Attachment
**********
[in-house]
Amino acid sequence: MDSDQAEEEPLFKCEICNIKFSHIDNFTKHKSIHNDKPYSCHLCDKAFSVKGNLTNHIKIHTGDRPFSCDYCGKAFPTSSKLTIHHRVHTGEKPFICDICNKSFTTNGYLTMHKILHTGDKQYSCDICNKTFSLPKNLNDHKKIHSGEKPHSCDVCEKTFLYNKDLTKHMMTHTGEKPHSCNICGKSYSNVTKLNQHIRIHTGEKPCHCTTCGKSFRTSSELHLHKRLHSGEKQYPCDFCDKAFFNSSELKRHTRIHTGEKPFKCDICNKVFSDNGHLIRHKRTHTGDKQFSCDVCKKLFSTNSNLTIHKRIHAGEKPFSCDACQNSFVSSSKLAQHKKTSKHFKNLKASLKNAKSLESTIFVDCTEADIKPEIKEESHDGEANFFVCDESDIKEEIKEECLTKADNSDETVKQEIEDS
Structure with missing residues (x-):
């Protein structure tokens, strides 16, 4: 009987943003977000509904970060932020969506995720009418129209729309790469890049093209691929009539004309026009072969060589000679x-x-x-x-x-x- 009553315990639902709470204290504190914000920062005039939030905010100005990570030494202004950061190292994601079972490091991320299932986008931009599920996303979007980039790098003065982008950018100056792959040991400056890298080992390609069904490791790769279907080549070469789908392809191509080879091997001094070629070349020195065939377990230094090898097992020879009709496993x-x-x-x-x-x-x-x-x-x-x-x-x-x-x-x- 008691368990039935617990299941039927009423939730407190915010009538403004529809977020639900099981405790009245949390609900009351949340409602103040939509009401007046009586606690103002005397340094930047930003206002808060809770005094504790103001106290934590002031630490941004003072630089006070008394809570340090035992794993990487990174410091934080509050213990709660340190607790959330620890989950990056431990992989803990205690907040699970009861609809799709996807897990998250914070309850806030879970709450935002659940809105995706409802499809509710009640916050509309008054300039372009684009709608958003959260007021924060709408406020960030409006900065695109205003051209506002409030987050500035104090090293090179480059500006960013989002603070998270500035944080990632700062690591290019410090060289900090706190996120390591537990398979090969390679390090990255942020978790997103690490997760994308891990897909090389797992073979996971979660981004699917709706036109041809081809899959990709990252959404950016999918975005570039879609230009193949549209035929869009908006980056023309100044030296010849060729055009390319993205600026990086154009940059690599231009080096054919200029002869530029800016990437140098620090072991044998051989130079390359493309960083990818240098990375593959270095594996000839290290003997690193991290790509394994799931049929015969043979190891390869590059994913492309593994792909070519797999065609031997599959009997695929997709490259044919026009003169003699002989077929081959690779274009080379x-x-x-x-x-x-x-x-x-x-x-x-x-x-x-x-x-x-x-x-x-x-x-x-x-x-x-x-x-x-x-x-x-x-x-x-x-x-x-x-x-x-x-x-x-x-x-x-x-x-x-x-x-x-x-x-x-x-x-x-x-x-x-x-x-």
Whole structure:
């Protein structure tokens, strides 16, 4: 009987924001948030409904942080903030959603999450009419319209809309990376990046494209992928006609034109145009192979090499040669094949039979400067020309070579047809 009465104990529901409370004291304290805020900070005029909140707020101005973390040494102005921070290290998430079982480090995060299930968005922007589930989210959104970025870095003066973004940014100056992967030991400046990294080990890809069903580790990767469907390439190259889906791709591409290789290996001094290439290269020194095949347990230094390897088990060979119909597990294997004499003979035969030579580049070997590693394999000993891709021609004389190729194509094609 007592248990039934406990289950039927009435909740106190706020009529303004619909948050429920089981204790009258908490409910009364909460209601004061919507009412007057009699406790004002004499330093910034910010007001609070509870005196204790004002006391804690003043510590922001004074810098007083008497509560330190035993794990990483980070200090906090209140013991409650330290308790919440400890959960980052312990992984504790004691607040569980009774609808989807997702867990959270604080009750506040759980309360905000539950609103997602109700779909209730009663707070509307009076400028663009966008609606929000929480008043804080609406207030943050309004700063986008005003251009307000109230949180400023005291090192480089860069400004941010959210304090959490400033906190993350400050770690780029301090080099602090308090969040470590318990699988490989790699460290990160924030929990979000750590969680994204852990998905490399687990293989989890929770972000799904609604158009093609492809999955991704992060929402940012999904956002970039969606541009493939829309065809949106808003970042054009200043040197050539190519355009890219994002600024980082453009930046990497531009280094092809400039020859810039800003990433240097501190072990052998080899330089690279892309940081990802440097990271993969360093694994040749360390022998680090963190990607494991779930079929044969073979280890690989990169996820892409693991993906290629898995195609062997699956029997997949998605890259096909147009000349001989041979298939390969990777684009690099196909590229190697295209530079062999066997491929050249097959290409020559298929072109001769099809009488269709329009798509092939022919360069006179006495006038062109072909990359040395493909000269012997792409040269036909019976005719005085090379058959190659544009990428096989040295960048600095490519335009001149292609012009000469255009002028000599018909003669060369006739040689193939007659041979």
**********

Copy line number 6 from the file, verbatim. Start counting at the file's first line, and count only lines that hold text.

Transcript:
């Protein structure tokens, strides 16, 4: 009987924001948030409904942080903030959603999450009419319209809309990376990046494209992928006609034109145009192979090499040669094949039979400067020309070579047809 009465104990529901409370004291304290805020900070005029909140707020101005973390040494102005921070290290998430079982480090995060299930968005922007589930989210959104970025870095003066973004940014100056992967030991400046990294080990890809069903580790990767469907390439190259889906791709591409290789290996001094290439290269020194095949347990230094390897088990060979119909597990294997004499003979035969030579580049070997590693394999000993891709021609004389190729194509094609 007592248990039934406990289950039927009435909740106190706020009529303004619909948050429920089981204790009258908490409910009364909460209601004061919507009412007057009699406790004002004499330093910034910010007001609070509870005196204790004002006391804690003043510590922001004074810098007083008497509560330190035993794990990483980070200090906090209140013991409650330290308790919440400890959960980052312990992984504790004691607040569980009774609808989807997702867990959270604080009750506040759980309360905000539950609103997602109700779909209730009663707070509307009076400028663009966008609606929000929480008043804080609406207030943050309004700063986008005003251009307000109230949180400023005291090192480089860069400004941010959210304090959490400033906190993350400050770690780029301090080099602090308090969040470590318990699988490989790699460290990160924030929990979000750590969680994204852990998905490399687990293989989890929770972000799904609604158009093609492809999955991704992060929402940012999904956002970039969606541009493939829309065809949106808003970042054009200043040197050539190519355009890219994002600024980082453009930046990497531009280094092809400039020859810039800003990433240097501190072990052998080899330089690279892309940081990802440097990271993969360093694994040749360390022998680090963190990607494991779930079929044969073979280890690989990169996820892409693991993906290629898995195609062997699956029997997949998605890259096909147009000349001989041979298939390969990777684009690099196909590229190697295209530079062999066997491929050249097959290409020559298929072109001769099809009488269709329009798509092939022919360069006179006495006038062109072909990359040395493909000269012997792409040269036909019976005719005085090379058959190659544009990428096989040295960048600095490519335009001149292609012009000469255009002028000599018909003669060369006739040689193939007659041979």